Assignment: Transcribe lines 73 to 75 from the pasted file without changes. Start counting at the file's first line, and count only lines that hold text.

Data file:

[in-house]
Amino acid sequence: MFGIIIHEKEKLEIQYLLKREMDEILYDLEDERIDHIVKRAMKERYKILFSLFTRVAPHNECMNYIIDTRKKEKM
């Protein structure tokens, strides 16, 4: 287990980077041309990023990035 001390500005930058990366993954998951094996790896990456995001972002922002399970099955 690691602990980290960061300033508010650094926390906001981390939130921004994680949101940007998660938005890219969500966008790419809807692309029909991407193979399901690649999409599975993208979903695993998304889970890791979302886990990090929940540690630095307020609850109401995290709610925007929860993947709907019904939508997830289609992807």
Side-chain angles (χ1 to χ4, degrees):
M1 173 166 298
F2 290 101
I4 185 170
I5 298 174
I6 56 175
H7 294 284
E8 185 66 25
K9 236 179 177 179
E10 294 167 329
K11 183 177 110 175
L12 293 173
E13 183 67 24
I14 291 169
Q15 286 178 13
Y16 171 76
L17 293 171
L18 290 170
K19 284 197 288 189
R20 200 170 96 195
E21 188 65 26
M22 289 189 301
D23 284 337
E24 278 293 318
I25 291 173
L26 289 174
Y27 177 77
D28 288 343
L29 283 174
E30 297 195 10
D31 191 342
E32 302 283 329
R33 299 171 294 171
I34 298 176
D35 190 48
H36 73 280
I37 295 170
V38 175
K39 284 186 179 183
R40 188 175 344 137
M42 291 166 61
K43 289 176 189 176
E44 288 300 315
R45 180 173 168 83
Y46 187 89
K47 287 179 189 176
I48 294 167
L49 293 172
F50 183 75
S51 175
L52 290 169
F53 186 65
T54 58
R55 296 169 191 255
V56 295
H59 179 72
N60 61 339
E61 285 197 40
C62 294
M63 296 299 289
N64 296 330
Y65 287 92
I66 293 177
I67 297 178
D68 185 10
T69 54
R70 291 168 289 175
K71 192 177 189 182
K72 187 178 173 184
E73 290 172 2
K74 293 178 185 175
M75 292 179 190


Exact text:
E73 290 172 2
K74 293 178 185 175
M75 292 179 190